Vitality is still a work in progress. “There is a lot of innovation going on,” says Hudson.

Digital healthcare revolution

Among these is in what Discovery terms the “digital healthcare revolution” space. Discovery’s initial move has been to encourage Vitality member to adopt wearable devices that, for example, facilitate step-counting, sleep-tracking and all-day heartrate monitoring. Coming are wearable devices that will monitor the likes of stress and insulin levels.

Discovery is also advancing along the road of predicative analytics, says Hudson. Being used are Vitality member data, claims and clinical data to predict a person’s probability of developing a new chronic condition, the potential of their needing back surgery in three years and the probability of diabetic members progressing to a worse disease stage.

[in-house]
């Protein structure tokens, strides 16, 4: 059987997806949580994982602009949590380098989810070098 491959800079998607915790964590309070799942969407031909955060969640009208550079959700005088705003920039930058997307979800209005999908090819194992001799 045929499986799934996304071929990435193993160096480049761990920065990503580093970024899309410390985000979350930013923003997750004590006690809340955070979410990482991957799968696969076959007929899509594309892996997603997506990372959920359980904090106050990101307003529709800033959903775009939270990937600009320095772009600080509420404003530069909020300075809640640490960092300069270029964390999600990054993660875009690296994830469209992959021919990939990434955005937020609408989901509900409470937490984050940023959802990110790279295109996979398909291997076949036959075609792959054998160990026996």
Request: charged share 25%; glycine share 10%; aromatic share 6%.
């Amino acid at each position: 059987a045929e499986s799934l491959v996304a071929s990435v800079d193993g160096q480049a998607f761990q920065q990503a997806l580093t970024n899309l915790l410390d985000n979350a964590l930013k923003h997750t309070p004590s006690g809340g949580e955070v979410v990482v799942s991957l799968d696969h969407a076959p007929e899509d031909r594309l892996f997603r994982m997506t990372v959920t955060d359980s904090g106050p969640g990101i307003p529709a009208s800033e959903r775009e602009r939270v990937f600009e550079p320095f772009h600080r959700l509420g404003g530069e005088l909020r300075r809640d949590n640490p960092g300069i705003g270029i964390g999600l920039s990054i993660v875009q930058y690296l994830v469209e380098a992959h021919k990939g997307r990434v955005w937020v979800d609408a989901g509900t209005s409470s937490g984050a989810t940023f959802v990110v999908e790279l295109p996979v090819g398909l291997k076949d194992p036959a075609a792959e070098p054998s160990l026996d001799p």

Recent innovations by South Africa’s largest life insurer Old Mutual are not in Discovery’s cutting-edge technology league. But they are aimed at serving the needs of South Africa’s vast lower income population.

For this population sector one of the most important considerations is their ability to provide lavish funerals for deceased family members. Old Mutual is helping to meet this need in partnership with telco group Telkom, says Rose Keanly, COO of Old Mutual Emerging Markets.

“Telkom’s prepaid mobile subscribers can opt in for funeral cover underwritten by Old Mutual when they recharge their pre-paid airtime,” says Keanly. “Customers who recharge with a minimum of R100 within one calendar month receive R10,000 free funeral cover which extends for one calendar month following the month in which the customer qualified.”

The pace of innovation in South Africa’s insurance market is unlikely to slacken anytime soon, believes McLachlan. “The industry is ripe for a lot of change,” he says.

The life industry appears to be getting innovation right. Reflecting this, in a recent survey by Munich Re of African insurance industry leaders, the majority – 46% — selected South Africa’s life insurance industry as the world’s most innovative.

Although this may be over-flattering, the Actuarial Society of South Africa points out: “For its size, South Africa is one of the most concentrated sources of new insurance related ideas and innovations.”